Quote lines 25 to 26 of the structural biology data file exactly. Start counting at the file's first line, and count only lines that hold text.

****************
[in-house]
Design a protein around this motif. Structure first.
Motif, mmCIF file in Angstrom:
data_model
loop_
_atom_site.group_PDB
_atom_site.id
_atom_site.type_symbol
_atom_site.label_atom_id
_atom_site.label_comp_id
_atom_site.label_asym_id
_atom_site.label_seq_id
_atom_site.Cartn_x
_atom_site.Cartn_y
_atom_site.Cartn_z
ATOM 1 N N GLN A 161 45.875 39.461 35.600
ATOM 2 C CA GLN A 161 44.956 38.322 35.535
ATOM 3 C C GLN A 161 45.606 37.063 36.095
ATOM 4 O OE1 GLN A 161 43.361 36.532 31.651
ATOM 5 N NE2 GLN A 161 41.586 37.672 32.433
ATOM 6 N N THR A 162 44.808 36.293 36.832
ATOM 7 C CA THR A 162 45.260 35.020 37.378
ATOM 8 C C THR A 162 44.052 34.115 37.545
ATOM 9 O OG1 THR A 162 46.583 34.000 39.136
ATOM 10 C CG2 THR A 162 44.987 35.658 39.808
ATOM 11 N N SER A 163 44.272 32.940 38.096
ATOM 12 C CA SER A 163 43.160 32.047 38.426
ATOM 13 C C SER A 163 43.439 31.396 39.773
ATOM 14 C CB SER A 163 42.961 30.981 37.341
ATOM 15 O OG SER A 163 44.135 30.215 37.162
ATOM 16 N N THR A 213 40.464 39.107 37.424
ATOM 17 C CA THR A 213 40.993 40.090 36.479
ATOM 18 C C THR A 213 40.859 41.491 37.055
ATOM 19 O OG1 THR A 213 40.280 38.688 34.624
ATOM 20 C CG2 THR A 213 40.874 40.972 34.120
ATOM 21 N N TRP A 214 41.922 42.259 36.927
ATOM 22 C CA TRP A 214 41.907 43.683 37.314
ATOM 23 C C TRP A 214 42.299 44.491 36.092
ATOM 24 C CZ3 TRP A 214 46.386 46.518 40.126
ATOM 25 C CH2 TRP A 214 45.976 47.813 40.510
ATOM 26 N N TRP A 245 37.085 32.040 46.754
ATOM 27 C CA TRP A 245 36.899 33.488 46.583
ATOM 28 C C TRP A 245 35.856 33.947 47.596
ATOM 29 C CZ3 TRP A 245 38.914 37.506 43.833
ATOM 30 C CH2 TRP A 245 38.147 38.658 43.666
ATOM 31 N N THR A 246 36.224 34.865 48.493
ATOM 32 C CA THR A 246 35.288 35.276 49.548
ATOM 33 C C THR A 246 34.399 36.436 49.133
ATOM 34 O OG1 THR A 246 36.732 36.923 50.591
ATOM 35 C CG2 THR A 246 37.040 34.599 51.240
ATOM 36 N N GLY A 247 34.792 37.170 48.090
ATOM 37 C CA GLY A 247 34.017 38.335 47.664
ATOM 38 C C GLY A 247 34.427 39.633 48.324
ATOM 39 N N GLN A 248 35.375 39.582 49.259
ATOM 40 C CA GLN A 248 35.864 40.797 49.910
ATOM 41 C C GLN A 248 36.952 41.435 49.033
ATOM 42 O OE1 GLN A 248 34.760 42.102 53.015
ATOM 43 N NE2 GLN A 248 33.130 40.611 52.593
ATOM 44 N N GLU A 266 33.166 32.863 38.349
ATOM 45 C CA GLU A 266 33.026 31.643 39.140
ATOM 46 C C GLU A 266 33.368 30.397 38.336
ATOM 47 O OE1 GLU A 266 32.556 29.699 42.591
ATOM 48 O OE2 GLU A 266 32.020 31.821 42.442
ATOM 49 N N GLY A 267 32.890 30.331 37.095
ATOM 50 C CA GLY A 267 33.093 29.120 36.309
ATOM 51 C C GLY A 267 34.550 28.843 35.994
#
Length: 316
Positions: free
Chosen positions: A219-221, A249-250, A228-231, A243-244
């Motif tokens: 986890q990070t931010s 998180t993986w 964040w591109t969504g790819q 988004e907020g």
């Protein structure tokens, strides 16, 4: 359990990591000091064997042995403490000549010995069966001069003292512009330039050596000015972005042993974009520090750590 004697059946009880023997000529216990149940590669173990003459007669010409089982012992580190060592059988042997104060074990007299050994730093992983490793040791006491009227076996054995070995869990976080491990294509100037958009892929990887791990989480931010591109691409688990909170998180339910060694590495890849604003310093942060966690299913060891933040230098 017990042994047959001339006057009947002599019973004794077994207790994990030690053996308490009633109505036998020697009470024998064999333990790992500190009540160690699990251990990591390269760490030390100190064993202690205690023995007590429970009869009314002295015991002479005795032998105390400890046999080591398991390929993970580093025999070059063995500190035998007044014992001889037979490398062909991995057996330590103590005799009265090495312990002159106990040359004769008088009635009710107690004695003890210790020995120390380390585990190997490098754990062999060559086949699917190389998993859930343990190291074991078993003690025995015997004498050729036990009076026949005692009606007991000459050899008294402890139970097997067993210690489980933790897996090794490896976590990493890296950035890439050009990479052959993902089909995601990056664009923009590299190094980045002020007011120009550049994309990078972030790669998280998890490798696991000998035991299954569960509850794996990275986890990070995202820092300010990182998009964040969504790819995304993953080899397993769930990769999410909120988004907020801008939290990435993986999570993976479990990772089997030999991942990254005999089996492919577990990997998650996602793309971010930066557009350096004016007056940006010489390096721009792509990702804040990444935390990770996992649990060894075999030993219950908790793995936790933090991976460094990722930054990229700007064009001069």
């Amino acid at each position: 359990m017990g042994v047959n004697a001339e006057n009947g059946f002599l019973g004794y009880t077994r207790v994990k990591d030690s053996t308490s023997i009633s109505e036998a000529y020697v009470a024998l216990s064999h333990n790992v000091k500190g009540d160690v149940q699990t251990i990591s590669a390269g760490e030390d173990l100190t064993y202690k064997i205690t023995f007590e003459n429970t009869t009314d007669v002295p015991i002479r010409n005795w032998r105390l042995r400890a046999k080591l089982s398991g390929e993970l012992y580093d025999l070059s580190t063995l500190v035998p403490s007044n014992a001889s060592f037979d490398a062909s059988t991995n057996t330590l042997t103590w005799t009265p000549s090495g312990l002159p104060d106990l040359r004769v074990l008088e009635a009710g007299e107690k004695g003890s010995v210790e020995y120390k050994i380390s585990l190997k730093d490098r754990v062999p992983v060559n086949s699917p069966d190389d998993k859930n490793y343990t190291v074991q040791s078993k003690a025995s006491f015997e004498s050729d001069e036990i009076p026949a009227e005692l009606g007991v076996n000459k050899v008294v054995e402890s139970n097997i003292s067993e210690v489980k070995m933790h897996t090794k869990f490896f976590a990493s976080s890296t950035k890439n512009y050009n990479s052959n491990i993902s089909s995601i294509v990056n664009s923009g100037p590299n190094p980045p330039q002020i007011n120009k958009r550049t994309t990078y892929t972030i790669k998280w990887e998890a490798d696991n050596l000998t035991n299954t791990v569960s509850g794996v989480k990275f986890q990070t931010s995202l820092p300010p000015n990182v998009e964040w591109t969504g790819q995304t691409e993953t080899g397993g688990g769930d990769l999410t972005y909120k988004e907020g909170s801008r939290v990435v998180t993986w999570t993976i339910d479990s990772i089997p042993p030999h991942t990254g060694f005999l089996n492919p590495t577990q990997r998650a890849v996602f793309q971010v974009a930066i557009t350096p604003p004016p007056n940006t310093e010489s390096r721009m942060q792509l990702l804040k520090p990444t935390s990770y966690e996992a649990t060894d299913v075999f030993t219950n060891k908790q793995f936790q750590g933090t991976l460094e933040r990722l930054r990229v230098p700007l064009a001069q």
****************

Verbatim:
ATOM 10 C CG2 THR A 162 44.987 35.658 39.808
ATOM 11 N N SER A 163 44.272 32.940 38.096